The trading banks yesterday concluded that though GDP figures released yesterday show the economy is not in recession, it may well soon be.
Nevertheless, the fact that GDP has gone up 0.8 per cent in the latest quarter and that StatsNZ revised the previous quarter’s figure to show a very modest 0.1 per cent increase meant that technically, New Zealand is not currently in recession.
That left some explaining for National’s finance spokesperson, Nicola Willis, to do since her party has plastered the country, the media and its speeches with claims that the country is in recession.
It’s not, or possibly more correctly, not yet.
She dodged media questions asking whether National would now take down the billboards saying New Zealand was in recession.
“The Reserve Bank forecasts recession, for most New Zealanders, they feel like they are in recession,” she said.
That became a theme; that numbers like yesterday’s GDP figures were just “technical.”
“Let’s not talk about what’s technical,” she said.
“Let’s talk about what’s real.
“The reality for far too many New Zealanders is that the wages have not kept up with inflation.
They are struggling to pay their bills; they are struggling to pay the mortgage.
“It feels like a recession. And we can have a big debate about the technical numbers, but that is the cold, hard reality.”
Finance Minister Grant Robertson was, however, claiming victory.
”It’s a victory for the New Zealand economy and for the people who work hard every single day to make sure that we deliver quick, quality jobs,” he said.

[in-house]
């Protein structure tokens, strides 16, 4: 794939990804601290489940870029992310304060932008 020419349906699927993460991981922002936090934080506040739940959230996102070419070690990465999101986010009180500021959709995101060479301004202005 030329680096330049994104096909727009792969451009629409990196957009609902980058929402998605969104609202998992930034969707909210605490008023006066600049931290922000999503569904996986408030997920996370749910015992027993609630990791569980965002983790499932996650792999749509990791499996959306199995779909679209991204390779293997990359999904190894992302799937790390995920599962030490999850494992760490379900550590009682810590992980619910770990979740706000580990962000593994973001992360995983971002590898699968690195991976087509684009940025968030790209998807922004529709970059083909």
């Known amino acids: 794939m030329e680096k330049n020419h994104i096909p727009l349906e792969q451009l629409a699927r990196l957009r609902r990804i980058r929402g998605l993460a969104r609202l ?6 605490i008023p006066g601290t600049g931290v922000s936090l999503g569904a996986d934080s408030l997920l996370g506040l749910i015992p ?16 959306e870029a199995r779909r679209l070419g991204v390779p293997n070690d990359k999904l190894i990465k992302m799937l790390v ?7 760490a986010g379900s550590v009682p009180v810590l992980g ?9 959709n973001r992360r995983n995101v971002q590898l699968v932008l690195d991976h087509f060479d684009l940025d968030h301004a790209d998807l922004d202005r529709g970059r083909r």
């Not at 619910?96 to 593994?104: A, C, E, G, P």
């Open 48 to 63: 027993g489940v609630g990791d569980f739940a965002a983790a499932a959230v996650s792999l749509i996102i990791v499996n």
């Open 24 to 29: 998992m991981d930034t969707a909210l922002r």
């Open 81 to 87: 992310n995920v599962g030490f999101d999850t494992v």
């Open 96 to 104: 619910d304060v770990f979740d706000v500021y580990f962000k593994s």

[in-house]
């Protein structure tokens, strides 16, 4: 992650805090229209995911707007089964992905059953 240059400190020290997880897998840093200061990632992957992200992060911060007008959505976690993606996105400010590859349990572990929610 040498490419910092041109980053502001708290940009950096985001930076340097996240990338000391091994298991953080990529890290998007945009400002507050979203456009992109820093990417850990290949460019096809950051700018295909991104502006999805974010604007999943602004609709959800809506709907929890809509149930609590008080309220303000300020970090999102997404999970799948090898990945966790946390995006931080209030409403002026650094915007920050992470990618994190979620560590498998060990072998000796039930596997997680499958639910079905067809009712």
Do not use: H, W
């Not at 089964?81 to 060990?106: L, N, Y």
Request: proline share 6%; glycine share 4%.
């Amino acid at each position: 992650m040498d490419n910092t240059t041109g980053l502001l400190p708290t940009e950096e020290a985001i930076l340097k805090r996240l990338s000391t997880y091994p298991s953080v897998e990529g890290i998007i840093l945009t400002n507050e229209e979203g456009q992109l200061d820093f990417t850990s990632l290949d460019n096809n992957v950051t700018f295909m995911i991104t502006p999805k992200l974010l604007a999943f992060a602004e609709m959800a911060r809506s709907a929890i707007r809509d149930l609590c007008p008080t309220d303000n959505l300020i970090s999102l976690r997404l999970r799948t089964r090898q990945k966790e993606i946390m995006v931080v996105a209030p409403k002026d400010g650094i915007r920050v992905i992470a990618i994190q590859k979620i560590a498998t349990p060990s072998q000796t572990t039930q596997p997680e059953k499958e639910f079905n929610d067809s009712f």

“This does show that we’ve got a resilient New Zealand economy.
“These have been incredibly tough times for businesses and households.
“We have to call it, in my opinion. I think that the New Zealand economy is going through a particularly tough time.
“There will be challenges ahead of us. But this does set us up well for the rest of the year. “
Kiwibank’s economics team, Jarrod Kerr, Mary Jo Vergara, and Sabrina Delgado, has a slightly more downbeat take than that.
“Let’s tell it for what it is: it’s old data,” they said.
“We have simply bounced off very low levels, levels that were impacted by the flooding and cyclone.
“The full force of the RBNZ’s tightening is yet to come.
“And we continue to expect weak economic activity over the second half of this year and into 2024.”
ANZ bank economist Miles Workman told a similar story.
“Growth in per capita terms remains very soggy at 0.2% quarter on quarter, showing economic conditions are still very weak for people on the street,” he said.
“On that front, high inflation and higher interest rates are certainly taking their toll on households and businesses, and that pressure is not expected to change until the RBNZ can confidently say it’s got inflation back in the bag.”
As a consequence, Workman is forecasting a possible interest rate rise in November.
It is inflation that is the shadow hanging over the whole economy and the dilemma facing the political parties over what to do about fiscal policy.
Spend too much, and that will push inflation up, and the Reserve Bank will react with higher interest rates or cut spending too much and risk driving up unemployment.
ACT yesterday, as might have been expected, opted to cut.